We all get angry.
While some of us yell and scream, others quietly seethe. Anger is just one of the many feelings we experience in our lives. But it can often be one of the most powerful feelings felt.
Let’s say there are five core feeling states: joy, anger, sadness, fear, and sexual energy. Consider that in order to be a clear channel and a free presence of power, you must allow yourself the opportunity to feel all of those feelings when they are authentically moving within you.
Ask yourself this simple question: If I were to rank these five feelings states in order of preference, what would be at the top of the list? The bottom?
Typically anger is at the bottom, with sadness a close runner-up. Anger and sadness are the two feeling states we have been trained to experience to a limited degree.
Here’s the big paradox: The preferred state of joy that we’ve been so trained to lust after will in fact be amplified by your willingness to feel anger.
Let me explain.
Anytime we suppress a part of ourselves, we are in fact suppressing all of ourselves. Though we are “trained” to ignore anger, we can’t work through anger unless we first feel anger.
The unwillingness to practice feeling any of these five core feeling states thwarts your access to all of the feeling states.
I have a fair amount of comfort and facility in feeling my anger. And yet, I still struggle because I hear the voice in my head saying, “Anger is bad; anger is not spiritual.” I have spent a lifetime deconstructing false narratives that my voice, my feelings, and my responses are just too much.
Now, I am practicing making those feelings even bigger, so I can transform my discomfort around any one of them. The conversation with myself typically goes like this:
“Lola, how much joy are you willing to experience? Are you feeling good right now? Great! Keep allowing yourself the opportunity to feel that.”
“Lola, how angry are you right now? Are you really giving yourself the gift of feeling it—not replaying the story—but feeling it? How about making a nonverbal noise that matches the feeling?”
Imagine you’re driving down the expressway. You’re moving fast. Out of nowhere, someone cuts you off. A typical response might include, “You asshole!” You may follow that outburst with a series of thoughts, affirming the idiotic nature of most drivers.
Now, imagine that same scenario, but this time, answer it with a practical and conscious response to growl or scream—without words. This is a practice of not verbalizing anger at someone, but rather finding a “match” for the feelings of fear or anger experienced in the moment.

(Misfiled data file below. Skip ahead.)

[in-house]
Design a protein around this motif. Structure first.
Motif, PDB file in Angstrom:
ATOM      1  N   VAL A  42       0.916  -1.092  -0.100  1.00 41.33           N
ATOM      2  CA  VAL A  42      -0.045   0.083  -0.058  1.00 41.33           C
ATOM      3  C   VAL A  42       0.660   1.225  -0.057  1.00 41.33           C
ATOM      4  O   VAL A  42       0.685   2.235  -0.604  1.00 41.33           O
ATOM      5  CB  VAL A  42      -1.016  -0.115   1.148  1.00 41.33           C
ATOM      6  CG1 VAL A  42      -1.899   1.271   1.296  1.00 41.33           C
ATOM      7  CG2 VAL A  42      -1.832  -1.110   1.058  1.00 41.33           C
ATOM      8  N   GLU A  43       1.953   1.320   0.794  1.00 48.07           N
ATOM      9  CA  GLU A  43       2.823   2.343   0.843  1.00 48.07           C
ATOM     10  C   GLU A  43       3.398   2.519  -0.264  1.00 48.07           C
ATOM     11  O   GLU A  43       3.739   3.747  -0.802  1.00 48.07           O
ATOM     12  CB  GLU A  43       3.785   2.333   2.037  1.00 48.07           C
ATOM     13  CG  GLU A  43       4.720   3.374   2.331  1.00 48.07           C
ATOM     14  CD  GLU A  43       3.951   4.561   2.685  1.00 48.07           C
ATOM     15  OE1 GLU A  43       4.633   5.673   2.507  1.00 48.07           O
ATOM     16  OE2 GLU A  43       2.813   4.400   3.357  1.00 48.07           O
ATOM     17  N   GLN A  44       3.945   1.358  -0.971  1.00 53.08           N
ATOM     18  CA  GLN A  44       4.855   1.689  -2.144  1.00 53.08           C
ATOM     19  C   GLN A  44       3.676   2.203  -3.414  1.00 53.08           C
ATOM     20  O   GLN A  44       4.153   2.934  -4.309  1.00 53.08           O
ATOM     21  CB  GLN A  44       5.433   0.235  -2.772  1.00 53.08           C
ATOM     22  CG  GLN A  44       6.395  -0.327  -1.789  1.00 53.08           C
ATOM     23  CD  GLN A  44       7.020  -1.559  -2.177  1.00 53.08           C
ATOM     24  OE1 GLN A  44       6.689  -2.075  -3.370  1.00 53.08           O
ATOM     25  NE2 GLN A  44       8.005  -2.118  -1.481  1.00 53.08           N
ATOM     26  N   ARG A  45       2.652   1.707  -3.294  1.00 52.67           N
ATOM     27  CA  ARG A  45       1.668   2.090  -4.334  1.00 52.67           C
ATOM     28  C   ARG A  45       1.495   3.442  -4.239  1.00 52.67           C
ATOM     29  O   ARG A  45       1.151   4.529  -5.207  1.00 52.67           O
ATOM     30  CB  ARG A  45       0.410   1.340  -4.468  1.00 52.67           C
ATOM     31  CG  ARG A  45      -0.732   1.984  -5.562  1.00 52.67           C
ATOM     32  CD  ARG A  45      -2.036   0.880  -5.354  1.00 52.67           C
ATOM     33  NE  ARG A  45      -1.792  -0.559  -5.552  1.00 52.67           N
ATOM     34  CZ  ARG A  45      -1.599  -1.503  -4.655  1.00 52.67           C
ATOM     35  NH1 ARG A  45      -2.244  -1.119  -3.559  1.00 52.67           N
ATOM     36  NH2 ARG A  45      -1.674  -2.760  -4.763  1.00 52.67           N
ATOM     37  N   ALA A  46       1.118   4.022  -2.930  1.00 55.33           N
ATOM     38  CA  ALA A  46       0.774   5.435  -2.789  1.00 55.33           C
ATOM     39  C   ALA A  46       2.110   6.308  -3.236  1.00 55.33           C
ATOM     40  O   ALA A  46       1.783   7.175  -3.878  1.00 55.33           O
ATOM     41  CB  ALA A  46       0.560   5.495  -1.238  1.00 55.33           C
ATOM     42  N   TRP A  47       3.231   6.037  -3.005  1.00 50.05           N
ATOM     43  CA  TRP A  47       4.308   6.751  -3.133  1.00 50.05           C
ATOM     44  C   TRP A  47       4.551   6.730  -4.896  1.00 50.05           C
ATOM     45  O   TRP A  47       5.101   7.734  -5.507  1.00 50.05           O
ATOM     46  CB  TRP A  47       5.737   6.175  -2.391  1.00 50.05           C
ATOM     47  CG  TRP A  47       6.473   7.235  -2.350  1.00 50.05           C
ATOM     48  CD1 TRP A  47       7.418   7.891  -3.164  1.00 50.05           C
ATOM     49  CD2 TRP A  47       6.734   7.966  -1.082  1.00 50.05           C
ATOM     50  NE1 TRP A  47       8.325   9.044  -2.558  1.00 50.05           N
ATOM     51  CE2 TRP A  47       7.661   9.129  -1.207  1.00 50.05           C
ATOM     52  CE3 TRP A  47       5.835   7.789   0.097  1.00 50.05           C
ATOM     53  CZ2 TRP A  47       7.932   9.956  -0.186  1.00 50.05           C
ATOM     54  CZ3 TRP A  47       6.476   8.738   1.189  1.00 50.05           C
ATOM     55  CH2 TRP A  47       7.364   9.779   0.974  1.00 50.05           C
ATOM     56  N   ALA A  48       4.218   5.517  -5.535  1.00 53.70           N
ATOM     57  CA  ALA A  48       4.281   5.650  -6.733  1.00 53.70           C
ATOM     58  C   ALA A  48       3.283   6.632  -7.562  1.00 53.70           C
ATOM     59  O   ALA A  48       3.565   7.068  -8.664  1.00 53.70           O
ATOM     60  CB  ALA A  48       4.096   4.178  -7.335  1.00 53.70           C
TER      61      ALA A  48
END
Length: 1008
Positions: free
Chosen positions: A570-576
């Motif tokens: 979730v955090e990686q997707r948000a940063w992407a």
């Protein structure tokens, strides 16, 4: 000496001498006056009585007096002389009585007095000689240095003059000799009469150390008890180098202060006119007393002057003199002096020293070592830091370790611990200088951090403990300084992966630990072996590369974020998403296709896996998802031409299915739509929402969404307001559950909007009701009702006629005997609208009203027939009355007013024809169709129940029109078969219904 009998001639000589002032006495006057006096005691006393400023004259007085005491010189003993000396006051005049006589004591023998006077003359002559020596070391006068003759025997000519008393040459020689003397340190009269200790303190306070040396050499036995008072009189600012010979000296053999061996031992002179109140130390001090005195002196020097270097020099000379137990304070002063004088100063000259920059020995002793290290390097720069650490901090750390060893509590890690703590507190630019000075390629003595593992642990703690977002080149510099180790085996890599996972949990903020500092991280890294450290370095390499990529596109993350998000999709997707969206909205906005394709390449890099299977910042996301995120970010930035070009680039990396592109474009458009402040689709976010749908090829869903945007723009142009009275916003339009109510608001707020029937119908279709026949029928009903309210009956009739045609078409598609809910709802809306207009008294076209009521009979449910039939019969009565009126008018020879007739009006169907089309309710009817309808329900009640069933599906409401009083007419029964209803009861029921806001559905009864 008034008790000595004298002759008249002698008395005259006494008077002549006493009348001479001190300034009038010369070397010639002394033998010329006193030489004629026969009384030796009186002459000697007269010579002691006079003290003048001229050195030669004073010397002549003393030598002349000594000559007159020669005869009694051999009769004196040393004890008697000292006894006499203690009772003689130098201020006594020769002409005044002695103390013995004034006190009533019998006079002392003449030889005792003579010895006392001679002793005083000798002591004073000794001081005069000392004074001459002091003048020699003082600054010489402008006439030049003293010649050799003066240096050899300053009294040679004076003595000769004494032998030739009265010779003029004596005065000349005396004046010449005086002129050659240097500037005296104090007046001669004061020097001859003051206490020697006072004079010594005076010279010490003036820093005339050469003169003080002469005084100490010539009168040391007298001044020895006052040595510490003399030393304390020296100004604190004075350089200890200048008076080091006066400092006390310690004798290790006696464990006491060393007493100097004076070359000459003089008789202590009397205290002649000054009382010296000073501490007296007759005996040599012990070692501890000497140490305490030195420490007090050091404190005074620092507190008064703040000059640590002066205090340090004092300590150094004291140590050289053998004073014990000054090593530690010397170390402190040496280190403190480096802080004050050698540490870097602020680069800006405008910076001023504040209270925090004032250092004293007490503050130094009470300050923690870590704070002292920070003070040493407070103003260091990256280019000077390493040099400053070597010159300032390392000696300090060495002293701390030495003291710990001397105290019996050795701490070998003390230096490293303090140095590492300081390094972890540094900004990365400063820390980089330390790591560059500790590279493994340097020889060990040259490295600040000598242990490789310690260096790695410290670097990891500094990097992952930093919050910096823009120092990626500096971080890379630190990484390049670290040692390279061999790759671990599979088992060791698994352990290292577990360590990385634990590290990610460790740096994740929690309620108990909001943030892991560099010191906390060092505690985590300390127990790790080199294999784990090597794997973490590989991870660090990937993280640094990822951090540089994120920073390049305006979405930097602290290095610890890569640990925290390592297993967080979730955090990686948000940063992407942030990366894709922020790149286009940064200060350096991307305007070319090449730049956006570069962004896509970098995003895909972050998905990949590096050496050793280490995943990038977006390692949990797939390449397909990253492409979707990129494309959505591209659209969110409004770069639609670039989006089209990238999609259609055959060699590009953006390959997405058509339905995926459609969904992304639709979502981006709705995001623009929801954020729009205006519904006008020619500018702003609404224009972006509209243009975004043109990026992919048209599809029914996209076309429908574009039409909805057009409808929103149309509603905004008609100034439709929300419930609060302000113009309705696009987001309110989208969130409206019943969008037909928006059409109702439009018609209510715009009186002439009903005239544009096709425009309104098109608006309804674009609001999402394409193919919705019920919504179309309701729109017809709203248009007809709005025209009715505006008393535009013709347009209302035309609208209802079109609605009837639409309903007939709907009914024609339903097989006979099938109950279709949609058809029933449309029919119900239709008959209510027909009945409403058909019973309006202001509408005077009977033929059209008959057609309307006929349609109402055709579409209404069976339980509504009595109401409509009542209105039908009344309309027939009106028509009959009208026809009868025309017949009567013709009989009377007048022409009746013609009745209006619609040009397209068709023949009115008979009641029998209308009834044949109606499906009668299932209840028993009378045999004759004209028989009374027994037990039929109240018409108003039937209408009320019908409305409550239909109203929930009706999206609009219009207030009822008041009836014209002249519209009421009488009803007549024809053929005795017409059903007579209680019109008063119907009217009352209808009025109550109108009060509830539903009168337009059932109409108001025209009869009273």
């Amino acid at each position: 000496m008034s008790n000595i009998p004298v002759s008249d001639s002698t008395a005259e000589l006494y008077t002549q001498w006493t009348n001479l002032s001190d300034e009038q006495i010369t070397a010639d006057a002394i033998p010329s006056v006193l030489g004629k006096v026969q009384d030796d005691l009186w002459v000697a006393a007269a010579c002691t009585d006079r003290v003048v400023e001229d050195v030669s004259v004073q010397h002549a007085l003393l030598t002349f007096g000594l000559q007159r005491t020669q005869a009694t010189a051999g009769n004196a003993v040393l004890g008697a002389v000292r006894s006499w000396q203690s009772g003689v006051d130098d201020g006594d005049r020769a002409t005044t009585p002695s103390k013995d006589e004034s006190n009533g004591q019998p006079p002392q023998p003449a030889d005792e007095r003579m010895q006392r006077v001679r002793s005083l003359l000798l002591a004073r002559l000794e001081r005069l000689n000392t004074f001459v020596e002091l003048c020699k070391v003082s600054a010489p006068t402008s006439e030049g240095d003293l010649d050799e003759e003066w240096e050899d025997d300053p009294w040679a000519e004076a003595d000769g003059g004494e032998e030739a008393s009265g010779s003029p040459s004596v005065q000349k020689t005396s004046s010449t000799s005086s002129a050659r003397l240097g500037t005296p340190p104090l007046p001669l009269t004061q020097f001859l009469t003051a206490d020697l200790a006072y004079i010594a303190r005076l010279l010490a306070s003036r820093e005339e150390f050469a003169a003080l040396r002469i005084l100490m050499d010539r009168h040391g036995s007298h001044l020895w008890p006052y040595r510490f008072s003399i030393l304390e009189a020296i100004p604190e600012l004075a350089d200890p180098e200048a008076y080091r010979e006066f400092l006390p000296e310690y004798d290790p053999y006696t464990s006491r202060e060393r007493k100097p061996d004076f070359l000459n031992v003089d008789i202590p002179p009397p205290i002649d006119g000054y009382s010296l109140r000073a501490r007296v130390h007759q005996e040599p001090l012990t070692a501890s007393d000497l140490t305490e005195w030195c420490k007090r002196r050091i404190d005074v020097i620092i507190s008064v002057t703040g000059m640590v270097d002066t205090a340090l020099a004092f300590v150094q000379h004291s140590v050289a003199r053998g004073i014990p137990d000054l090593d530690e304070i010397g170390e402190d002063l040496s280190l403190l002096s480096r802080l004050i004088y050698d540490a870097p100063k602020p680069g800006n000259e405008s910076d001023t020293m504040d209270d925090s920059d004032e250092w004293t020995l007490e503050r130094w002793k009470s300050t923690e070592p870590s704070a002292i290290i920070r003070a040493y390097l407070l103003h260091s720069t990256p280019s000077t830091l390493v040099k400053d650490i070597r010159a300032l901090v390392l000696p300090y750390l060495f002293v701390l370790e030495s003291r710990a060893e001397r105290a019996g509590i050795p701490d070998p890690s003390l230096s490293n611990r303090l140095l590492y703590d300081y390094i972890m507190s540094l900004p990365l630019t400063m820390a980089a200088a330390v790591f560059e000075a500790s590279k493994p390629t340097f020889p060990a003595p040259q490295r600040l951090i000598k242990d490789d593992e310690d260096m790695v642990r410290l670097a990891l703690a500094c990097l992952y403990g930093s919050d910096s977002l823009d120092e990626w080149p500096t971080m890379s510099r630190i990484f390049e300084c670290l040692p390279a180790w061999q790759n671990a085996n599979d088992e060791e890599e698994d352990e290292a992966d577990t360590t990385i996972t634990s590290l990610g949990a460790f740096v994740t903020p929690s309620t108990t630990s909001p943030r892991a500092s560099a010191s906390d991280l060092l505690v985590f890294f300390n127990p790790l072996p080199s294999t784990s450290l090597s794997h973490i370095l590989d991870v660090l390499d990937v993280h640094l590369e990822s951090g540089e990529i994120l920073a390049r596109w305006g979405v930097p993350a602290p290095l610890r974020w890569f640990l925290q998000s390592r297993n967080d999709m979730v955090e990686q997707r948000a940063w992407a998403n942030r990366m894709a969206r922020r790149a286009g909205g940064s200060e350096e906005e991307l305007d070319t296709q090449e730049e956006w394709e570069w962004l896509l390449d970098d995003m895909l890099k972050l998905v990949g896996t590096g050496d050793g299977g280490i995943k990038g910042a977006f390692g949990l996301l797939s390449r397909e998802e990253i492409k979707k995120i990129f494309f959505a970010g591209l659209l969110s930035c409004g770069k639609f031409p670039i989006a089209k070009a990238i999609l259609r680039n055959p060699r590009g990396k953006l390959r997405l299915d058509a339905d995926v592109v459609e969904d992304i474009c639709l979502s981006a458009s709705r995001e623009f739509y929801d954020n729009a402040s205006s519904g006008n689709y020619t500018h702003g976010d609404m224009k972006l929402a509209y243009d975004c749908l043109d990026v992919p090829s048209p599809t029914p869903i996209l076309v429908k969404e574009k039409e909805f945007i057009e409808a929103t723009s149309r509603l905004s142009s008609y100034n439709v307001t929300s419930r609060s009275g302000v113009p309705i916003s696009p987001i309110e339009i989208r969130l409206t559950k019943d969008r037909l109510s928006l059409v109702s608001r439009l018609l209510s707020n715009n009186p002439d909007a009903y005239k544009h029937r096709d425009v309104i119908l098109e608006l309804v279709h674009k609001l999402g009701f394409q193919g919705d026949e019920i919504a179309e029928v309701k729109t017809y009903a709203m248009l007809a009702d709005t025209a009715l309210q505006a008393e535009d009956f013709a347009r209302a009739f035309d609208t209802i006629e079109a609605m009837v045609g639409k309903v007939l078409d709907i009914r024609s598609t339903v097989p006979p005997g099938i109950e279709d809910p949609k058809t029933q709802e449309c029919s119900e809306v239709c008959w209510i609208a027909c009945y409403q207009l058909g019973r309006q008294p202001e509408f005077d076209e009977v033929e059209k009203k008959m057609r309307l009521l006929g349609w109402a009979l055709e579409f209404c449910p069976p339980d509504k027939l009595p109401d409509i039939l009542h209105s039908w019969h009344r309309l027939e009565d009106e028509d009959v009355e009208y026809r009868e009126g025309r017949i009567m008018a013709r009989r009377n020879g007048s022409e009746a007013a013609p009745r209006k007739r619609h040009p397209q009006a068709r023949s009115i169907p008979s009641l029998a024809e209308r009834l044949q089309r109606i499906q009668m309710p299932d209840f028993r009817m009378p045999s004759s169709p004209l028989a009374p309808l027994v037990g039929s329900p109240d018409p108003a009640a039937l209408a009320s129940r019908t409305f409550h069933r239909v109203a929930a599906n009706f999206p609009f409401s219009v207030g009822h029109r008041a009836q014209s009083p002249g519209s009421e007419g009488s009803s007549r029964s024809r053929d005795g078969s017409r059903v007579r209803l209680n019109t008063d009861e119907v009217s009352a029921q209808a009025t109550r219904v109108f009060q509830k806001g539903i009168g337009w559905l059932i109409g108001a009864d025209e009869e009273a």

This requires a real commitment of practice. We are conditioned to respond, and we’re talking about feeling anger, right? And maybe you feel it by screaming at the top of your lungs. However, if you try this practice of nonverbal expression—of shifting the unconscious (anger at someone) to the conscious (YOU are the one feeling anger)—you can still feel the anger all the way through, while familiarizing your body and brain in more gentle and fluid ways.
If you’ve never given yourself the gift of matching your anger with a nonverbal sound and movement, give yourself that gift! It is a powerful way to move energy and begin shifting from blame and criticism to feeling and taking responsibility.
This has been my absolute growth edge.
The challenge and discomfort we have with anger is that it is so damn easy to be lobbed at someone. Consider that particular experience of anger to be unconscious anger.
I am inviting us into a practice of conscious anger. As my teachers Jim Dethmer and Diana Chapman of the Conscious Leadership Group might say, “When we don’t feel our feelings all the way through to completion, be prepared for them to come out sideways, and know that’s when things get really messy.”
You’ve heard me say this before, feeling states only last 90 seconds; moods can last a lifetime.
Don’t be a prisoner of your moods. Be free with your feelings. Once you acknowledge your feelings, you will accept them, be kinder to yourself, and start to understand that feeling good is possible—even when you feel anger too.